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    From 1845 to1930, civil parishes formed part of Scotland’s local government system. The parishes, which had their origins in the ecclesiastical parishes of the Church of Scotland, often overlapped the then existing county boundaries. Parishes have had no direct administrative function in Scotland since 1930. There are 871 civil parishes in Scotland. The initial version of the Civil Parish boundaries was first created by Geography Branch, GROS in the mid-1960s. The boundaries were plotted on to Ordnance Survey 1:10,000 maps using the written descriptions of the parishes. In the late 1980s the boundaries were digitised using the Geographic Information System, called “GenaMap”. In 2006, GenaMap was replaced by ESRI’s ArcGIS product, and the civil parish boundaries were migrated to the new system. In March-April 2009 many of the coastal postcodes were edited to improve their alignment with MasterMap’s coastal detail. As a result, in May 2009 some of the coastal parishes were edited to ensure that all postcodes’ Gridlink points would fall within the limits of the civil parish boundaries. In terms of provenance, the vast majority of the civil parish boundaries date back to their original drawing in the mid-1960s onto OS 1:10,000 maps.

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    A 2001 Standard (ST) ward is one of 2 special wards created for 2001 Census Output. These are both created by aggregating output areas and are only best-fit for electoral wards. Where 2001 Census Area Statistic (CAS) wards fall below the ST thresholds (400 households and 1,000 persons) they are merged with neighbouring CAS wards to exceed the threshold. It is also necessary to make a few adjustments to ST wards so as to remove and ‘slivers’ below ST threshold created by differencing ST wards and ST sectors. The processes result in 1,176 ST wards.

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    This dataset portrays the boundaries of ‘Settlements’ in Scotland as at 2001 Census. There is widespread interest in statistics for the built-up areas in Scotland as most of the population lives in a built-up environment. When the former two-tier local government structure of regions and districts came into being in May 1975, the small local authorities known as large and small burghs were lost. However, Census users stated that there was a need to know the population (and characteristics) of built-up areas. There are 2 datasets which are designed to show the boundaries of ‘urban areas’ in Scotland: ‘Localities’ and ‘Settlements’. While “Settlements’ can go a long way in defining the towns and cities in Scotland, some are very extensive and have grouped together some very large populations. For example the settlement of ‘Greater Glasgow’ has a large population but no breakdown was given of the settlement into any constituent towns or cities such as Airdrie or Paisley. Accordingly, since 2001, the larger ‘Settlements’ have been divided into ‘Localities’ using as a basis the areas so designated in the 1991 Census report ‘Key statistics for ‘localities’ in Scotland (ISBN 0-11-495736-3)’. For the 2001 Census, NRS had developed a new process to identify ‘Settlements’ which were defined as: ‘A collection of contiguous high population density postcodes whose total population was 500 or more, bounded by low density postcodes (or water).’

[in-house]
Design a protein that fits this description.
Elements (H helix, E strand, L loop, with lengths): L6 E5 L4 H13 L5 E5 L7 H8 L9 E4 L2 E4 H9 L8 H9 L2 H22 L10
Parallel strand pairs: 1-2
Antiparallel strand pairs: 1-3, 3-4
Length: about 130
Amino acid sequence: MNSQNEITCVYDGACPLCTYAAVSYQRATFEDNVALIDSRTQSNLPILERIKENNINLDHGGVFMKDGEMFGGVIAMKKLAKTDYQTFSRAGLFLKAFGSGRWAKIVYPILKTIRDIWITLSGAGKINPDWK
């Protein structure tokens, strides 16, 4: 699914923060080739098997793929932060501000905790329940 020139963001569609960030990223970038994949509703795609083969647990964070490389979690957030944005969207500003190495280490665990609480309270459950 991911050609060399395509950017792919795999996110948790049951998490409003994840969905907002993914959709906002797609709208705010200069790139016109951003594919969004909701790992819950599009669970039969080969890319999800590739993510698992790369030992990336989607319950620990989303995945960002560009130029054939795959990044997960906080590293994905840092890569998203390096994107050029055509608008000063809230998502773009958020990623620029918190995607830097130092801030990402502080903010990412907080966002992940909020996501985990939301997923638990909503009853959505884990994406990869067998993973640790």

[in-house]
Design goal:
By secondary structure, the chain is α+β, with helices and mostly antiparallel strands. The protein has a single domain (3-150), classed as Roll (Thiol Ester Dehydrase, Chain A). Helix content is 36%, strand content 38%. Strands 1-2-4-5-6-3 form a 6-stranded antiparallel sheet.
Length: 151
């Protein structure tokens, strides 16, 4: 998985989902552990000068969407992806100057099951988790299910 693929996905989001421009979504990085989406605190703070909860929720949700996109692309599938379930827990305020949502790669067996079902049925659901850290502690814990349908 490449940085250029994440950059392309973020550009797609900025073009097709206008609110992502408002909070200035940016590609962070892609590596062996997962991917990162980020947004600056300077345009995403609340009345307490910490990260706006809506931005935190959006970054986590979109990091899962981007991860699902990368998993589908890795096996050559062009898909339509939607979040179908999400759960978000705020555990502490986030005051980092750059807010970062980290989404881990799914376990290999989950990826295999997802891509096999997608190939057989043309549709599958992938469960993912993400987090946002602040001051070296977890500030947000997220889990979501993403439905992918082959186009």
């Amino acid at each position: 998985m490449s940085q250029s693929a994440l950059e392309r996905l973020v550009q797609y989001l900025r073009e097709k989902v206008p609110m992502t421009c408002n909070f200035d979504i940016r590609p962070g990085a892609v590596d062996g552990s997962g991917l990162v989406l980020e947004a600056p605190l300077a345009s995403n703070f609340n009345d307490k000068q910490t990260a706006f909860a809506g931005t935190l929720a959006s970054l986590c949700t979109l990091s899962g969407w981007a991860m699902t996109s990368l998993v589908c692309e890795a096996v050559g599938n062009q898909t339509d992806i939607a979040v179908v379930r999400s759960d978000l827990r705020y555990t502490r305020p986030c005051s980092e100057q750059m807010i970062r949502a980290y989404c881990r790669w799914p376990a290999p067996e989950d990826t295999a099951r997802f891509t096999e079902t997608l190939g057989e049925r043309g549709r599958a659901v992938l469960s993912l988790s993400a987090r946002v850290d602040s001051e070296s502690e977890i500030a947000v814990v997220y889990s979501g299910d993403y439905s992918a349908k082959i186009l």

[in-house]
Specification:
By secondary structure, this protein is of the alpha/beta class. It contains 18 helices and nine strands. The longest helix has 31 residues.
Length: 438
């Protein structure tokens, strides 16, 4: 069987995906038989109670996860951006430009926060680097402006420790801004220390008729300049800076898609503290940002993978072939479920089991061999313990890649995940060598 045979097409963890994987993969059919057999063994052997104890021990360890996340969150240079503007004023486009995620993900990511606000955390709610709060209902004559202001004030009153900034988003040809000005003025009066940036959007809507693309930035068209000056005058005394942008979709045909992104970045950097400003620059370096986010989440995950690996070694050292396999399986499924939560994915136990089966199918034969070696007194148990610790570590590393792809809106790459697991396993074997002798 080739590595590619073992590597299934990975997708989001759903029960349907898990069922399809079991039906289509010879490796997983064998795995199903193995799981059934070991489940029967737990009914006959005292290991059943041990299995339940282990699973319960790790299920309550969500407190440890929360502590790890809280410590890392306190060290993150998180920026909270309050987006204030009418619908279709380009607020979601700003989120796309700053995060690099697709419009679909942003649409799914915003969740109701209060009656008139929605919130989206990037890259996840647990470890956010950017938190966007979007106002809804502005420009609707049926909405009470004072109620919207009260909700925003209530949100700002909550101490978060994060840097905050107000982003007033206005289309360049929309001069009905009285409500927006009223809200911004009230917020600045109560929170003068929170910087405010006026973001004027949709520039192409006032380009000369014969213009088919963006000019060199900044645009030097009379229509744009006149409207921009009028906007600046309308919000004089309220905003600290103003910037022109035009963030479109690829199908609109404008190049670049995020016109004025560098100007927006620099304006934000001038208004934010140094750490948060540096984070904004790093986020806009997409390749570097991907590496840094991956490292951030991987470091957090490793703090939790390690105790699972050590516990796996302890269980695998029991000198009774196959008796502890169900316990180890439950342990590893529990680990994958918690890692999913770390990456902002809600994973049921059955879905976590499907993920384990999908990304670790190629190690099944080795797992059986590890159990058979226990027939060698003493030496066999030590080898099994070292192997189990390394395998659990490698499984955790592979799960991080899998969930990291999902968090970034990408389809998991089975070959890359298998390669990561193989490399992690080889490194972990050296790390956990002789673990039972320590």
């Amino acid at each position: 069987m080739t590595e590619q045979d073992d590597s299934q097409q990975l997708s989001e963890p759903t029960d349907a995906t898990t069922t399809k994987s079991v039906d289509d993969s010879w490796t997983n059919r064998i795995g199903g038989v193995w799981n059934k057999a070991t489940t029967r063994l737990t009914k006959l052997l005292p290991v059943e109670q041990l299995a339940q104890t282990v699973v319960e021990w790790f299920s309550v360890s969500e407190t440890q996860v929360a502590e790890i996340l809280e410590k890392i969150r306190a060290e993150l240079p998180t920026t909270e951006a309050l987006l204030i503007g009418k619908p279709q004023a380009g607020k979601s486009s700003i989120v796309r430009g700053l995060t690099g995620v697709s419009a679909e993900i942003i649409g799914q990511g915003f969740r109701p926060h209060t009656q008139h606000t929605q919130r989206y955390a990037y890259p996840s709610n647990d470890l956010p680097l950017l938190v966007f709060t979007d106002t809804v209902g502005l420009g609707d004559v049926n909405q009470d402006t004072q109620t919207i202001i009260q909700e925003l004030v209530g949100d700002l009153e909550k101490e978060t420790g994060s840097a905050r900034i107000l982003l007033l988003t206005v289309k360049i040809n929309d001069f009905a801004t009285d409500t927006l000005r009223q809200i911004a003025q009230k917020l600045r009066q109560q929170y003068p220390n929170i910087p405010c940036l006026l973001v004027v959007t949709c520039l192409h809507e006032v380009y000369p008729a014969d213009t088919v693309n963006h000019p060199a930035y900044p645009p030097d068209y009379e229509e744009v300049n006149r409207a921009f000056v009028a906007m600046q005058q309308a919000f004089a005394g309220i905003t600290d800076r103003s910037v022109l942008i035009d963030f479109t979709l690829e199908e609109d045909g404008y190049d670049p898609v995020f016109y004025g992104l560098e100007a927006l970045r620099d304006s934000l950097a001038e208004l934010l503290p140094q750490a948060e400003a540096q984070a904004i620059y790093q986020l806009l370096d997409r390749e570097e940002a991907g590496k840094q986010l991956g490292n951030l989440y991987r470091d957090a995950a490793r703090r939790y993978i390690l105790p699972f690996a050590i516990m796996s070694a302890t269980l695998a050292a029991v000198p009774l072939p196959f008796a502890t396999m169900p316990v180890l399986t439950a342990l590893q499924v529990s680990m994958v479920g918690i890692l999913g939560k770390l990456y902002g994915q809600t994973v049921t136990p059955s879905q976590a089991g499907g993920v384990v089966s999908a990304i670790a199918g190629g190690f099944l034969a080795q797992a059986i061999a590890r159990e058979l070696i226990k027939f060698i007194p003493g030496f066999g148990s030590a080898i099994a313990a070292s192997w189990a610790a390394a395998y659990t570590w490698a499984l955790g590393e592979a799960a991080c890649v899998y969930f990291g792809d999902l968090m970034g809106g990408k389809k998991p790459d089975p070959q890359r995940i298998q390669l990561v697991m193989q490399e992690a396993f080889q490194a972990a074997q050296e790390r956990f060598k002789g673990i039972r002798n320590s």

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    The geography of Scotland comprises the mainland plus many islands. Some of these islands are inhabited and through time their inhabited/uninhabited status can change. The prime reason for identifying inhabited islands was to aid the delivery and collection of Census questionnaires. If an island is inhabited, then Royal Mail will allocate postcodes to the island’s addresses. Many of the larger islands, with relatively large populations, will have postcodes that cover only the island. However, some of the smaller inhabited islands have very few households and in some cases the postcode for these island addresses is the same as that of some households on the mainland. In order to ensure that Census questionnaires are collected and delivered correctly, it is important that both parts of the postcode (the island addresses and the mainland addresses) are contained within the same Census Enumeration District. The identification of inhabited islands helps with the creation of meaningful Census Enumeration Districts. In addition to the enumeration aspect of the census, there has always been an interest in the statistics associated with Scotland’s inhabited islands and this dataset helps ensure that they are all identified. This “Inhabited Island” dataset was not rigorously maintained in the period between 2010 and 2012 and in January 2013 the dataset was re-established with some revisions.